Think about the "user experience" of this

• How will employees make use of or sign up for this benefit or practice?

• What do managers need to know about employees using it?

• What might be some potential challenges or points of confusion about it? 

Communicate the benefit or practice in an employee-friendly way

• Describe it in "everyday language" with little jargon.

• Use existing means of communication AND think about additional ways. If you only do this in writing, consider working it into meeting agendas as well.

• Make sure organizational leaders talk about it in positive and knowledgeable ways.

Encourage and model the use of the new benefit or practice

• Whenever possible or applicable, have managers and senior leaders use or talk about their use of the benefit or practice.

• Remind employees of it in both formal and informal ways. Make a checklist of these to help create new patterns ... it will be easy to forget about this.

• Have informal and genuine conversations (i.e., at lunch time) about the new benefit or practice.

 

In this stage you will:

Follow-up to determine effectiveness of any initiatives

Consider alterations and further initiative(s)

How and what you communicate will depend on what initiatives your organization tried out. In many cases, a brief survey will be most useful to determine the impact the initiative has had on employees with regards to the targeted family-related need.

When should you send out the survey? 

Again, this depends on what you are evaluating. Here are some sample timelines:

• Change to schedules/scheduling process ... Three months

• Ramping up benefit outreach efforts ............ Three to six months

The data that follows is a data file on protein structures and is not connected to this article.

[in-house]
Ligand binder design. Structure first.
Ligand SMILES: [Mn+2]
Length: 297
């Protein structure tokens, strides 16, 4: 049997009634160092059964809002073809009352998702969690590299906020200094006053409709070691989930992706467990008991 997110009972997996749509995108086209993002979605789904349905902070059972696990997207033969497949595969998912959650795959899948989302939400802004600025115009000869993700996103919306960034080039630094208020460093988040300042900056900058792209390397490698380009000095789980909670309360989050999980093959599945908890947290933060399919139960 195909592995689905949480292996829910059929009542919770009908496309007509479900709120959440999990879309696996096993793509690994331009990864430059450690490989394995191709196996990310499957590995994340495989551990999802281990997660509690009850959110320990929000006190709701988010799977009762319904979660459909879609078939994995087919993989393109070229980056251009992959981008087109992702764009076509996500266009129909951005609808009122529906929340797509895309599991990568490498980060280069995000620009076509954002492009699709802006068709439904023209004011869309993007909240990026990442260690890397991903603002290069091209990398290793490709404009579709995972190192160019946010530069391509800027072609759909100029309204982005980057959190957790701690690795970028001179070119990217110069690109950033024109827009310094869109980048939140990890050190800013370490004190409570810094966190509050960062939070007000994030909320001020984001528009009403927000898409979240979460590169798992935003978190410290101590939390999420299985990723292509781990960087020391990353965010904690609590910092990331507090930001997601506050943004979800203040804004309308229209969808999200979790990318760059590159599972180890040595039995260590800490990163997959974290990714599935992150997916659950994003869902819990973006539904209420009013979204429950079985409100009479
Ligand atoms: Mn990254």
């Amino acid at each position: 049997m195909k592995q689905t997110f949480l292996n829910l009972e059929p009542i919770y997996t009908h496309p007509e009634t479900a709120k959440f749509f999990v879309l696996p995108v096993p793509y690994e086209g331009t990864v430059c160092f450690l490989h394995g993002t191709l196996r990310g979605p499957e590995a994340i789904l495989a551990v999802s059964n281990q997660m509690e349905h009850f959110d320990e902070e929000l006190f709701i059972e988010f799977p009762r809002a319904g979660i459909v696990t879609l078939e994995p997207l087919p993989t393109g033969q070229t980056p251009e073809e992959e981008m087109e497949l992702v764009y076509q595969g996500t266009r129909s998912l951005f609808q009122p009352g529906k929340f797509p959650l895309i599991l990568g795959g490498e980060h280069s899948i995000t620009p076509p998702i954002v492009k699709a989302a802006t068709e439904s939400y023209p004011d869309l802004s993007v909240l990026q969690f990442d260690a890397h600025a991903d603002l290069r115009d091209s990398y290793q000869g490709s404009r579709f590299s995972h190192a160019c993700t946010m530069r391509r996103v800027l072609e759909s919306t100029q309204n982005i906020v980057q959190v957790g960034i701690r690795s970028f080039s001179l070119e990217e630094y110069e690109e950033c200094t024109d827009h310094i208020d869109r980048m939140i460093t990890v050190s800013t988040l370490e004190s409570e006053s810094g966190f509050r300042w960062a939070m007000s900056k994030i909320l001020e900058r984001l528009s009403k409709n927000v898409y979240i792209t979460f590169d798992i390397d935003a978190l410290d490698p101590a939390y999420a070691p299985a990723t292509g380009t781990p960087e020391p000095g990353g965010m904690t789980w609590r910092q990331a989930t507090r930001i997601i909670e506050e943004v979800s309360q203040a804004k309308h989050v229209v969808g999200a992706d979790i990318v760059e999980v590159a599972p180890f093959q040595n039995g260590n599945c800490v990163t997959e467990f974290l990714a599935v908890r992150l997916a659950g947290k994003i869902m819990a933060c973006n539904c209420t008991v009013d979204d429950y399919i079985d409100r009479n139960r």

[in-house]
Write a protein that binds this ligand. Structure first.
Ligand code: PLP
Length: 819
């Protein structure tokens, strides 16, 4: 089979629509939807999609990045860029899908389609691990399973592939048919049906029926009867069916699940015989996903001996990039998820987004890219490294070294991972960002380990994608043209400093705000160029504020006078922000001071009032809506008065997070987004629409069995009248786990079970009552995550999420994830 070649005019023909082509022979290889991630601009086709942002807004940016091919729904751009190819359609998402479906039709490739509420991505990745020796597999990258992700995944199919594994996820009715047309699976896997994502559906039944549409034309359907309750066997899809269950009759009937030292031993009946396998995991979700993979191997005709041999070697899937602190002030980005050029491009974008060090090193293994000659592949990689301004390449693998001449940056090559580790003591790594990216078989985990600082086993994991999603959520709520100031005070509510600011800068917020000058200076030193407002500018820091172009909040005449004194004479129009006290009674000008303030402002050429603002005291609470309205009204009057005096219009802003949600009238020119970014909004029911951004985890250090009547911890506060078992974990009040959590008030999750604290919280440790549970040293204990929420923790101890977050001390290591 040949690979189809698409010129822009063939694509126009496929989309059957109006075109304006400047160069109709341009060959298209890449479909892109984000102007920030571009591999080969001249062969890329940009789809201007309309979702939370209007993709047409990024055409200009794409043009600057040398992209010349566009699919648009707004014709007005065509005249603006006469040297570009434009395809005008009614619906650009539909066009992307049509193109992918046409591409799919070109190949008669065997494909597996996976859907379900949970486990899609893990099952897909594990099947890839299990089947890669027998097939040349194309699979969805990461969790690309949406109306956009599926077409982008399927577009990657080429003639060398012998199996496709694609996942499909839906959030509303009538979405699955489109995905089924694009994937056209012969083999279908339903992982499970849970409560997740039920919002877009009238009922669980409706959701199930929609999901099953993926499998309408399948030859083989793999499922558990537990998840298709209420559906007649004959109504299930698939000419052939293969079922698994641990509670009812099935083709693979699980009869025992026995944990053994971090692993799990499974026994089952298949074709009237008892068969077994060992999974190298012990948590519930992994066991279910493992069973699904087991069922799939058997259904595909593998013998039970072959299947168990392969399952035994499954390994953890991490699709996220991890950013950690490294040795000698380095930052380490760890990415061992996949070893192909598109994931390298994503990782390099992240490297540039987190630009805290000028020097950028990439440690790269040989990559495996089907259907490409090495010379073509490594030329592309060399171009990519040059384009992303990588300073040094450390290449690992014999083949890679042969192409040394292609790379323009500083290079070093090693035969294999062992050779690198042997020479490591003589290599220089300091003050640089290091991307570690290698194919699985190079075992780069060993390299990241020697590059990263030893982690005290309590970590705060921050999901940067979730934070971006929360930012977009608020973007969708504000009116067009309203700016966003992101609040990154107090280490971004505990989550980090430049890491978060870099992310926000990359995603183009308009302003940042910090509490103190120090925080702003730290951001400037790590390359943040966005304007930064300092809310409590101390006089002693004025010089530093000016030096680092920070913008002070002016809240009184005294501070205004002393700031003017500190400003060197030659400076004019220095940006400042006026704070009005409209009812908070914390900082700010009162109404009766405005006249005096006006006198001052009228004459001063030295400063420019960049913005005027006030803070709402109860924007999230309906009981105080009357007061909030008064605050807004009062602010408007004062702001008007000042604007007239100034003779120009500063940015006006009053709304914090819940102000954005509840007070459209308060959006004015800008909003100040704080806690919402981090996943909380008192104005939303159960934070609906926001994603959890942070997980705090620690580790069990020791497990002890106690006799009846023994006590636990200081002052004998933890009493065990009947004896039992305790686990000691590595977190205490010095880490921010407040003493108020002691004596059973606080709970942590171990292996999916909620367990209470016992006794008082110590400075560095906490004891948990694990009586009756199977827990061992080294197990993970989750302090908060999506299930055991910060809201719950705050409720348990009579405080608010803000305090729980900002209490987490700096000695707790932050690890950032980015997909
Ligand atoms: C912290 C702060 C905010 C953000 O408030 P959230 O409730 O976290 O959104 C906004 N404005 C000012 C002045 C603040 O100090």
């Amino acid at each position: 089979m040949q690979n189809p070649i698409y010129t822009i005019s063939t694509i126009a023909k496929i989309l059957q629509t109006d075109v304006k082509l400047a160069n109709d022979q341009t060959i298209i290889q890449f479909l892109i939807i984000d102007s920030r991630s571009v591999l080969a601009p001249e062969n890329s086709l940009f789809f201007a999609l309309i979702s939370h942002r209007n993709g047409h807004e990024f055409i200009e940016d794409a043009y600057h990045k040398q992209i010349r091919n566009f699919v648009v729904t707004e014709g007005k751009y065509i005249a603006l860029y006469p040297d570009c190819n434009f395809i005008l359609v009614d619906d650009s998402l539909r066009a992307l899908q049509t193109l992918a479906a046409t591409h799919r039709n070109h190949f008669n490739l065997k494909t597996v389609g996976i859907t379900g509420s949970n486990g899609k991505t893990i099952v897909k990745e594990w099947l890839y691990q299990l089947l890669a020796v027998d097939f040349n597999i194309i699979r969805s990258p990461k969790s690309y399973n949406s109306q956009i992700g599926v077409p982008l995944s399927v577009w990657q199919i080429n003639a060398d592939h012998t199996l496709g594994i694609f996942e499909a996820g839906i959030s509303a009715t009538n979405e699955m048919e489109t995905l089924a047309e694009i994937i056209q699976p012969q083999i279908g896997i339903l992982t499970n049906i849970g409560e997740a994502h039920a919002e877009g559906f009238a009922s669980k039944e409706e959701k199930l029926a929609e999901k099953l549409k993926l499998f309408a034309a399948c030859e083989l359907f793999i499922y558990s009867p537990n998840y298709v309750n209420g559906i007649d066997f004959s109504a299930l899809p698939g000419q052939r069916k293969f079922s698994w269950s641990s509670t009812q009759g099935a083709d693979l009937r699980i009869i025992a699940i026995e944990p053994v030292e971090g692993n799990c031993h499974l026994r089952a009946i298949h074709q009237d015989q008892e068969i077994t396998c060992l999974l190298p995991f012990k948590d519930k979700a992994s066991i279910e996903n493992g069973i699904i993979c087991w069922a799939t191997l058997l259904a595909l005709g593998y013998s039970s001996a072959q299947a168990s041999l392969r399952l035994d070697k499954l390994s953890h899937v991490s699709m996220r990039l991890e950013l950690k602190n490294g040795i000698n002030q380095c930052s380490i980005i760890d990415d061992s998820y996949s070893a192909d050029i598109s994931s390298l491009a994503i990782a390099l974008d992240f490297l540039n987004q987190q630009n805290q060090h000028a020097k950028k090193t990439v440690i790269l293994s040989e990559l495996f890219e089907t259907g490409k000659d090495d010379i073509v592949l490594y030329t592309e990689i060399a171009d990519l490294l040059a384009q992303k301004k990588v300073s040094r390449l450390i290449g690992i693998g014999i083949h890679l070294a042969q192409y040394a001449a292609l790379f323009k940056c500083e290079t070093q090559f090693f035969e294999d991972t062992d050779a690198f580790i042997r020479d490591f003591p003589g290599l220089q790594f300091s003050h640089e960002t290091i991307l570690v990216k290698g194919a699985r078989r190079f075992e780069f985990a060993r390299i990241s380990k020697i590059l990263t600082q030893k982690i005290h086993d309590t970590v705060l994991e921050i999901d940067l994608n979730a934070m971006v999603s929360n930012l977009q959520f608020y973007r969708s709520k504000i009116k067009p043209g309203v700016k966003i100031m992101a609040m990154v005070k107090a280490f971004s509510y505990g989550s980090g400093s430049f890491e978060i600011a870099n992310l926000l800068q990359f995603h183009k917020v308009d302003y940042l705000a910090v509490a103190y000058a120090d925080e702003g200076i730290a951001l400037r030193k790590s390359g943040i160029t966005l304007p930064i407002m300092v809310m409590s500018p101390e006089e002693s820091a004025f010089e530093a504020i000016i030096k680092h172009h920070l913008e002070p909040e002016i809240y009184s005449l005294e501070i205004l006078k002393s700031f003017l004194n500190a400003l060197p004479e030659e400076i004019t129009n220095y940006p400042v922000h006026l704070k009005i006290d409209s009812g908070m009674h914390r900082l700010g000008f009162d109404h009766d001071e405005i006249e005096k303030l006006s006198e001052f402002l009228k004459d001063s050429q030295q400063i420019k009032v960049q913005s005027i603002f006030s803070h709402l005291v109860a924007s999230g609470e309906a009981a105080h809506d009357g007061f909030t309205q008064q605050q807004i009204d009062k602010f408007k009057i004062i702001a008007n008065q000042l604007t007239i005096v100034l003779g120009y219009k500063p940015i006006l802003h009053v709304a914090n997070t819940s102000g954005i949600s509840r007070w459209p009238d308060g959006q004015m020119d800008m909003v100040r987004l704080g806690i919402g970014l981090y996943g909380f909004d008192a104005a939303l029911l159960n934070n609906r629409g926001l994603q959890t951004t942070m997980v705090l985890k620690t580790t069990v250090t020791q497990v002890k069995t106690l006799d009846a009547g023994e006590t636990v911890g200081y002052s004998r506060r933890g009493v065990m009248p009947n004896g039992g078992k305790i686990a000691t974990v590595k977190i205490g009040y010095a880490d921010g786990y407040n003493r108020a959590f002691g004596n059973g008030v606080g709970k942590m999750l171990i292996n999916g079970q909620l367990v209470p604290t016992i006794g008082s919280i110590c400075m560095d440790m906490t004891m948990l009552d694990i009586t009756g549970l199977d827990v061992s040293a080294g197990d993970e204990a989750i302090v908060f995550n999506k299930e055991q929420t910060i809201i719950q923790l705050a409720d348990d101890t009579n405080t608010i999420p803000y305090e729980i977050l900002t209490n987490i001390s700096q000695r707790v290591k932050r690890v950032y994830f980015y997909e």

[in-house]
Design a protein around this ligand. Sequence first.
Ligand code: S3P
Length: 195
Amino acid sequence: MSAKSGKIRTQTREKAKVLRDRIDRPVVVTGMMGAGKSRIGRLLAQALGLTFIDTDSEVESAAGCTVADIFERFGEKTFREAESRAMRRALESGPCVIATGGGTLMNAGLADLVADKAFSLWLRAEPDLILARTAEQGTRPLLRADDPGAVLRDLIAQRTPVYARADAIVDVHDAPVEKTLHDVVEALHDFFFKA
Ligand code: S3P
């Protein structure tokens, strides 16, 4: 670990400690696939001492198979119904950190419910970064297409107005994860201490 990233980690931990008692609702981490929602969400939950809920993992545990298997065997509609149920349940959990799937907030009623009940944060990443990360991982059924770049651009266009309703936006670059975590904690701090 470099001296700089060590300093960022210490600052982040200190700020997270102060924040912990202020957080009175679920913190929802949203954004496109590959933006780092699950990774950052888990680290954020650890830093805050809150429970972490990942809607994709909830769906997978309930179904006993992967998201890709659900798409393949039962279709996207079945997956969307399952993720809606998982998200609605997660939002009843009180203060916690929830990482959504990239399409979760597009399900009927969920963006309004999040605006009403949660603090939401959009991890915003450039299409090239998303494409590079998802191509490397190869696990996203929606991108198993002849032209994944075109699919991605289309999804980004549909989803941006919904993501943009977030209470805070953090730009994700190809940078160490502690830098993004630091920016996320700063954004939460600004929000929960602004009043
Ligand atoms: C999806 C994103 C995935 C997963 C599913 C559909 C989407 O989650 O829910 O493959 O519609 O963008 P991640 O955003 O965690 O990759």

• Provide a child care stipend ......................... Six months

• Dependent Care Account ............................. Six months to a year

Keep in mind that your goal with a follow-up evaluation is to asses, “Did this help?” Because our memories are often short, the survey needs to be soon enough after the benefit or practice change (before employees feel like it is the status quo) but not so soon they have not had a chance to feel the impact.

Designing the survey and communicating results

Keep surveys short. Generally, you can get meaningful feedback in three questions or less. If you implemented more than one change, be sure to ask be sure to ask a different question for each change; do not lump them together. Here is an example:

Three months after the change

In January, we changed the scheduling system to allow employees more autonomy in setting their work hours. 

1. Has this had a positive impact on your ability to manage family needs? (yes or no)

2. Have you encountered any challenges with this change? (yes or no)

3. Please share any feedback you have about this change. (open-ended) 

One year after the change

Last year we added a Dependent Care Account to our benefits. If you signed up for this please let us know:

1. Overall, did this help you manage your child care expenses? (yes or no)